We went for her dental appointment and our dentist saw me hobbling along. I related my sob story, and she advised me to see her physiotherapist. “Physio? You got to be kidding. What can he do?” She told me he was really really good and convinced me to see him. 

So I decided that there was no harm in trying, and I might as well try any other non-invasive ways and eliminate all other options before I go for the laparoscopy. So I went. 

The physio, David, was so experienced that he could figure out my problem immediately after I related everything to him and after he assessed me by asking me to bend here and there, stretch here and there to ascertain where the problem areas were. In fact, my other problems of pain in my shoulders and in my hips which I have tolerated and lived with for so long were all inter-related to the wound pain. Because I had been compensating and bending over to minimise my wound pain, my whole alignment had been shifted which resulted in tightness and pain in other areas as well.

He explained that because of the adhesion, the muscles around the area became so tight that it bundled the nerves and everything, and it was like a traffic jam and that area was the bottle neck. Nothing could flow properly, and the toxins were all trapped there. He prodded the muscles and I could hear a lot of strange noises coming from my stomach. Apparently, all the gas, toxins or ‘chi’ (whatever you call it) were released and it would help the blood to flow properly again. He loosened all the muscles around my pain site and taught me a couple of exercises which I had to do daily.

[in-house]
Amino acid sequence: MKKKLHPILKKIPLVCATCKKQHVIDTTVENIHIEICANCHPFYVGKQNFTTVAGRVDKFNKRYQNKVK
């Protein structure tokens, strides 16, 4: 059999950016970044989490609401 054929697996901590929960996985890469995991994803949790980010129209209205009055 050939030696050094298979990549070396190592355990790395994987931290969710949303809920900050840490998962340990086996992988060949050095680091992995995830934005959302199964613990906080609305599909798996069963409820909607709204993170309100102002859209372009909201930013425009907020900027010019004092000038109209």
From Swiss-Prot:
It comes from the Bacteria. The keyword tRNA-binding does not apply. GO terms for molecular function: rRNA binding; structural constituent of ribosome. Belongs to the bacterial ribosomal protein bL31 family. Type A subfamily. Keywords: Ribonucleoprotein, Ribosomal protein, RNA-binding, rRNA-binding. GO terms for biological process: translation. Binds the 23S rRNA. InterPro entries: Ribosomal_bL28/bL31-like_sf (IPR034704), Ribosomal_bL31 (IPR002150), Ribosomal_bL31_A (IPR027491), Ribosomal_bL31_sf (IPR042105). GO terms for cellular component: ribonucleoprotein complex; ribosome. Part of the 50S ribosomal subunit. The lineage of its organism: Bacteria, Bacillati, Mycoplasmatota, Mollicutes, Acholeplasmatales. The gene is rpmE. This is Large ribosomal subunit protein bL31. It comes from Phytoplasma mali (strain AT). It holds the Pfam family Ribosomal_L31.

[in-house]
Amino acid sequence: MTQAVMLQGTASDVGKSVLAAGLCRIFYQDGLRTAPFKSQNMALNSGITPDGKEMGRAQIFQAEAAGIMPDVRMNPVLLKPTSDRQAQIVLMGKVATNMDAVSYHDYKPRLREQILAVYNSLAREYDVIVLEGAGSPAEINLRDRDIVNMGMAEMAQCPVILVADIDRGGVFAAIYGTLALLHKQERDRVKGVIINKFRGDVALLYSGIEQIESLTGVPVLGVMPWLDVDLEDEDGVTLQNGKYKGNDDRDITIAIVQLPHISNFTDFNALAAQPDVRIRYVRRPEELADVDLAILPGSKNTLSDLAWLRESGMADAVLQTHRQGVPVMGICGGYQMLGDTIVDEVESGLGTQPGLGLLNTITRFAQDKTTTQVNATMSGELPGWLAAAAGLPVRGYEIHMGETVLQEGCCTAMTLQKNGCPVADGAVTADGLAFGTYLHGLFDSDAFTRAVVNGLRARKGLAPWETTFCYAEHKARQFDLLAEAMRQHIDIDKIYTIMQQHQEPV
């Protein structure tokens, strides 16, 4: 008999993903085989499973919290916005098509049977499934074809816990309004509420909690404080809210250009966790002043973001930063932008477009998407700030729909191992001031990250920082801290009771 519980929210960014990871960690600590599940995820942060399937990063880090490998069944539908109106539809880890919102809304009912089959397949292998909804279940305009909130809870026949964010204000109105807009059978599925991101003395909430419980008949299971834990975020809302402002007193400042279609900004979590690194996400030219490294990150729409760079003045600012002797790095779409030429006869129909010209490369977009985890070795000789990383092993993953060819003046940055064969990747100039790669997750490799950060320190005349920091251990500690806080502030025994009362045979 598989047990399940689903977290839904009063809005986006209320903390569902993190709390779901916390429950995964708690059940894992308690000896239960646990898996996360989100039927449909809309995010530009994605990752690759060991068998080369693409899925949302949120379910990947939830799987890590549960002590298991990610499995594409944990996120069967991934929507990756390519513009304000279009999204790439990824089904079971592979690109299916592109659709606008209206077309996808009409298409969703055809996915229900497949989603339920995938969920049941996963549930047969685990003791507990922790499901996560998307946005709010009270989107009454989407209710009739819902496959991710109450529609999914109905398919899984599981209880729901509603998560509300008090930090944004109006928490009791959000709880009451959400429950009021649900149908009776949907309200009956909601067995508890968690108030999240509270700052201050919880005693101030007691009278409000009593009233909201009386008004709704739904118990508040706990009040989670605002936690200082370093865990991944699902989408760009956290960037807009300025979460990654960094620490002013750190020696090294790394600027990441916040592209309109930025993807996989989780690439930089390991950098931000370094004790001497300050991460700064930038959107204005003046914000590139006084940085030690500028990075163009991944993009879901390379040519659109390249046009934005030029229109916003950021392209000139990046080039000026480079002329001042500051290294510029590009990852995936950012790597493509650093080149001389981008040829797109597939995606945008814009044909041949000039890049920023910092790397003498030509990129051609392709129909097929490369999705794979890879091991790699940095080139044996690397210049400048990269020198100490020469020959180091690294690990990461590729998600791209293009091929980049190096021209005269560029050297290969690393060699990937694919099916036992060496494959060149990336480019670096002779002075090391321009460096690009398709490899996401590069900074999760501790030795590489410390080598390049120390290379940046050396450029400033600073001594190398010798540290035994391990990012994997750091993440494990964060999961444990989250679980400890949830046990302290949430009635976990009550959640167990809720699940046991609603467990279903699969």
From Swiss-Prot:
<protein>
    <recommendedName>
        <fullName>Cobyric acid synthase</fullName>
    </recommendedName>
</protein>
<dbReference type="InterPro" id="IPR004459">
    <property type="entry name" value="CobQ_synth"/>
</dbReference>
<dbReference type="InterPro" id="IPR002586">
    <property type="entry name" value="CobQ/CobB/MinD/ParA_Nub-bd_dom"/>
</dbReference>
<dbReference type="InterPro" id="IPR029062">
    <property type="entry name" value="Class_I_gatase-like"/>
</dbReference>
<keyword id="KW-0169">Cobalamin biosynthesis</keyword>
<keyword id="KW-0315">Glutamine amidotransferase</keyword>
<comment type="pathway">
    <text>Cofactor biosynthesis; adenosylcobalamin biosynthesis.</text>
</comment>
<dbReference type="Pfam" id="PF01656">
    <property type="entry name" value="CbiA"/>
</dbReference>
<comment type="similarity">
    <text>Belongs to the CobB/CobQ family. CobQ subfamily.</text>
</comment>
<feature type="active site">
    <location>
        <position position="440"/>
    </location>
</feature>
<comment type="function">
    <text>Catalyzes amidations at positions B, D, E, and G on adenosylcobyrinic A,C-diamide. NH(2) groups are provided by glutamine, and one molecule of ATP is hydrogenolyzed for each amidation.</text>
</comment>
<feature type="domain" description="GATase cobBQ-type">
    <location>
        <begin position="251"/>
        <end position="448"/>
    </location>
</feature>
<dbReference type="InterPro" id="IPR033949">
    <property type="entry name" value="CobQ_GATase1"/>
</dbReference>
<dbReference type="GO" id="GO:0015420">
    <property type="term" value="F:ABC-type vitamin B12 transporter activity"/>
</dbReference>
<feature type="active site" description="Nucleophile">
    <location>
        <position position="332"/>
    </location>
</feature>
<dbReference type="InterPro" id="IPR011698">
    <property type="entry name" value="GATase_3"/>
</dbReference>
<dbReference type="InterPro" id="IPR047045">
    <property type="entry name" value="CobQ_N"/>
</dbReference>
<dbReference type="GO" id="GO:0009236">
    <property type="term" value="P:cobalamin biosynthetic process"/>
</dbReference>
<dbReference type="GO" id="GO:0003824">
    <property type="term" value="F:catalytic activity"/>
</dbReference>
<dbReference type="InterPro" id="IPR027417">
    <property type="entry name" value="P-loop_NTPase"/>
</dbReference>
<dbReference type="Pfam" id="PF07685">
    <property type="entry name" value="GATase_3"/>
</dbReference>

I still couldn’t believe that my seemingly insurmountable problem was cured just like that! I walked gingerly to the car, half expecting the pain to return. The next day, I went back to my crazy routine of running around managing the kids, and there was no pain at all! It was amazing. I haven’t managed to walk like that in a year! I felt like the lame being able to walk again. It was nothing short of a miracle to me. I am indeed very thankful to David for his wonderful skill, and his passion in helping people regain their physical health. And thank goodness I had taken #3 to the dentist that day and spoken about it. If not, I would have gone ahead with the laparoscopy. Prayer answered? #3 said, “For sure” 🙂

Linking up with:

~ – a blog on parenting 6 kids in Singapore  ~

La Ristrettos @ Novena Medical Centre

It was time for Kate to visit her paediatrician at Novena medical centre for her jab again. I was keen to try out this quaint little cafe which I read about in a fellow mum’s blog. It’s just 2 floors down from her doc, so we decided to have lunch there before her appointment. #3 is ever ready to follow me to take Kate out, so I agreed to pick her up from school and head straight there. #1 heard about our plans and wanted to join us too! So she took an mrt from school and met us there.